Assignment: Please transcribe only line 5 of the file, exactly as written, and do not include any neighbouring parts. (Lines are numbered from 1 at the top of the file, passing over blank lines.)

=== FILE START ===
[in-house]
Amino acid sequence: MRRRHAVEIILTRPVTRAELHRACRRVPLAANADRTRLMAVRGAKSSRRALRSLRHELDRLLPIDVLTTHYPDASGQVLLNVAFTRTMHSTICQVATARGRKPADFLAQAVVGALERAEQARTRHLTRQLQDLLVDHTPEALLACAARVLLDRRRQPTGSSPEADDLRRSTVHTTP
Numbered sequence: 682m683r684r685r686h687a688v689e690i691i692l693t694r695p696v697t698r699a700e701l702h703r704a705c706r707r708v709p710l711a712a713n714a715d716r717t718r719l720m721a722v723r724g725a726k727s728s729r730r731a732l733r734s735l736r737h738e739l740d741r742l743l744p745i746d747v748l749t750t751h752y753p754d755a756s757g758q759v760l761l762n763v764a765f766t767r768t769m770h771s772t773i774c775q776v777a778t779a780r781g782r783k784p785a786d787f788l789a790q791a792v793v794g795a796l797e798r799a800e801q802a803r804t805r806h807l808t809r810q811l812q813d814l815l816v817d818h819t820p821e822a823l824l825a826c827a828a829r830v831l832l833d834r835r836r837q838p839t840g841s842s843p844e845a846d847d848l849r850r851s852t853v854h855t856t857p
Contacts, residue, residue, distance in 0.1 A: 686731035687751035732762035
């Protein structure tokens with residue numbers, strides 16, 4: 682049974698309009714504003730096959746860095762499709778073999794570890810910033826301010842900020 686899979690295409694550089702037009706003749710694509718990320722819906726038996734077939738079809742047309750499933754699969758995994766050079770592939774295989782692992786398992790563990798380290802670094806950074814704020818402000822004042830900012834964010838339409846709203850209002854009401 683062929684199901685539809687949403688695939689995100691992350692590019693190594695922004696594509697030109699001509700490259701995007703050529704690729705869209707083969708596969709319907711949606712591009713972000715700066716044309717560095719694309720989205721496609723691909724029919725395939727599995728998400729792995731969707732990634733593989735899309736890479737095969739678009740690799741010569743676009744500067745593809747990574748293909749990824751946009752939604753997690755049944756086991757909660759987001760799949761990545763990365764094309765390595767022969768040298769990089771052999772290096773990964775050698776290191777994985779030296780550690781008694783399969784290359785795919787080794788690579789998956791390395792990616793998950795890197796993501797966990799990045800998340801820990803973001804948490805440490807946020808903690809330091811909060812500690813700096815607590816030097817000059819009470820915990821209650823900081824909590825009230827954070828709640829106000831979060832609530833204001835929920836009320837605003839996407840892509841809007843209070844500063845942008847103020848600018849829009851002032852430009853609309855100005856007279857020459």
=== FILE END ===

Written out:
């Protein structure tokens with residue numbers, strides 16, 4: 682049974698309009714504003730096959746860095762499709778073999794570890810910033826301010842900020 686899979690295409694550089702037009706003749710694509718990320722819906726038996734077939738079809742047309750499933754699969758995994766050079770592939774295989782692992786398992790563990798380290802670094806950074814704020818402000822004042830900012834964010838339409846709203850209002854009401 683062929684199901685539809687949403688695939689995100691992350692590019693190594695922004696594509697030109699001509700490259701995007703050529704690729705869209707083969708596969709319907711949606712591009713972000715700066716044309717560095719694309720989205721496609723691909724029919725395939727599995728998400729792995731969707732990634733593989735899309736890479737095969739678009740690799741010569743676009744500067745593809747990574748293909749990824751946009752939604753997690755049944756086991757909660759987001760799949761990545763990365764094309765390595767022969768040298769990089771052999772290096773990964775050698776290191777994985779030296780550690781008694783399969784290359785795919787080794788690579789998956791390395792990616793998950795890197796993501797966990799990045800998340801820990803973001804948490805440490807946020808903690809330091811909060812500690813700096815607590816030097817000059819009470820915990821209650823900081824909590825009230827954070828709640829106000831979060832609530833204001835929920836009320837605003839996407840892509841809007843209070844500063845942008847103020848600018849829009851002032852430009853609309855100005856007279857020459």